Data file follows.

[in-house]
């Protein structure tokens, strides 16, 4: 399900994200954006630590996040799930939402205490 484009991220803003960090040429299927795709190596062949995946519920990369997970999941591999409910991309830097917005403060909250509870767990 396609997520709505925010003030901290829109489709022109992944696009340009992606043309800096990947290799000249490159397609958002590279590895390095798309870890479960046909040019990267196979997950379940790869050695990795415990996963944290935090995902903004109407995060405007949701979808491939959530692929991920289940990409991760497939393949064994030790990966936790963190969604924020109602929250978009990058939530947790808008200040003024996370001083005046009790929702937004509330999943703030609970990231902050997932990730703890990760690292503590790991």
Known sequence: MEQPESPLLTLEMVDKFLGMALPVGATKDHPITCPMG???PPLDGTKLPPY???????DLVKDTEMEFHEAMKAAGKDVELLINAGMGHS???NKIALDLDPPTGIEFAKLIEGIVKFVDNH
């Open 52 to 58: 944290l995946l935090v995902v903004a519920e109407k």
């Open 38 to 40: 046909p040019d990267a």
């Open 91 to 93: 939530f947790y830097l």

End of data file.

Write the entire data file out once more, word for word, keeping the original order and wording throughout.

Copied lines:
[in-house]
């Protein structure tokens, strides 16, 4: 399900994200954006630590996040799930939402205490 484009991220803003960090040429299927795709190596062949995946519920990369997970999941591999409910991309830097917005403060909250509870767990 396609997520709505925010003030901290829109489709022109992944696009340009992606043309800096990947290799000249490159397609958002590279590895390095798309870890479960046909040019990267196979997950379940790869050695990795415990996963944290935090995902903004109407995060405007949701979808491939959530692929991920289940990409991760497939393949064994030790990966936790963190969604924020109602929250978009990058939530947790808008200040003024996370001083005046009790929702937004509330999943703030609970990231902050997932990730703890990760690292503590790991």
Known sequence: MEQPESPLLTLEMVDKFLGMALPVGATKDHPITCPMG???PPLDGTKLPPY???????DLVKDTEMEFHEAMKAAGKDVELLINAGMGHS???NKIALDLDPPTGIEFAKLIEGIVKFVDNH
């Open 52 to 58: 944290l995946l935090v995902v903004a519920e109407k």
């Open 38 to 40: 046909p040019d990267a």
């Open 91 to 93: 939530f947790y830097l």